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New Year, New Password

It’s the start of a new year and the perfect time for a new password.

As UKFast revealed in 2011, the extra firepower of cheap graphics cards leaves most passwords vulnerable. Having long complex passwords that are changed regularly dramatically improves your password strength.

Password generators are a hi-tech way to have a constantly changing password, with a new one created by the gadgets each time you log in.

Why not include your online presence in the new year clear-out? The January lull presents a perfect opportunity to delete any profiles on sites that you no longer use to reduce your vulnerability online.

Only this week an old profile of mine came out of the woodwork to surprise me. Care2.com, an e-card site, of which I was a customer some years ago, was hacked and details from their database were stolen.

I had sent a couple of their e-cards to friends around a decade ago – so had set up a profile, that I had since forgotten completely about. My details were taken and it just so happened that my password had, coincidentally, done a 10 year cycle and, after changes every few months, was now exactly the same as it had been at the time of setting up my Care2 account.

This meant that the hacker could then access my Hotmail account – and all the personal information held in the emails within it – as well as numerous other social network and communication sites.

Fortunately I heard about the hack quickly and changed each of my passwords – all to something different from the other – even if it is only a slight variation.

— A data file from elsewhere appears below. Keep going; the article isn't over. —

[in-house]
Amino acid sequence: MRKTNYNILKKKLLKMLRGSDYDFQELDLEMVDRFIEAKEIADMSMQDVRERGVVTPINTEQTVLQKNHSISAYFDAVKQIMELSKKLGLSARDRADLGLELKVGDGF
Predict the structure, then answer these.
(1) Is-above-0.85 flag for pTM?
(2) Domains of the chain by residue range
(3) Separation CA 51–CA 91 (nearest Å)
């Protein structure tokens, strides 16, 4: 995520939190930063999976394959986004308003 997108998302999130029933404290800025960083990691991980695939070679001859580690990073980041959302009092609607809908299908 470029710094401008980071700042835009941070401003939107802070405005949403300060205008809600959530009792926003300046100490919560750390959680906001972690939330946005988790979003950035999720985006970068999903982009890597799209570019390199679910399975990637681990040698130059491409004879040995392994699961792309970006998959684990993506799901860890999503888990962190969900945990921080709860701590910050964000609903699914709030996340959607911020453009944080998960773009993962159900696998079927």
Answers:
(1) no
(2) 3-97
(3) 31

Lesson to be learned: delete unused, dormant profiles. An unused profile is basically a database of your information just waiting to be stolen, and as you never use the site, you might never know it had been breached.

Additionally, having the same password for everything is never a safe option – if one profile is compromised, it is then child’s play to access every one of them.

Also changes in terms and conditions could mean that legacy data is being used by companies to for marketing purposes. An old MySpace page may, through a change of terms and conditions, mean that your old details could be used also.

Only having profiles for sites that you use regularly will reduce the risk of your data being stolen without you knowing about it and having different passwords for each will make it all the more difficult for cyber criminals to access more of your personal information.

Here are our top tips for password safety:

  • Use a mix of upper and lowercase character, numbers and symbols – Af197”£
  • The longer the better, a phrase would be ideal such as: ILoveLiv3rPO0LFc185
  • Change your passwords regularly
  • No dictionary listed words or obvious passwords, eg: Password, 123456, drowssap…
  • No dates of birth, initials, names or anything that would be easy to guess from a social media profile, eg: Alice1987
  • Only keep profiles for sites that you are actively using.

 

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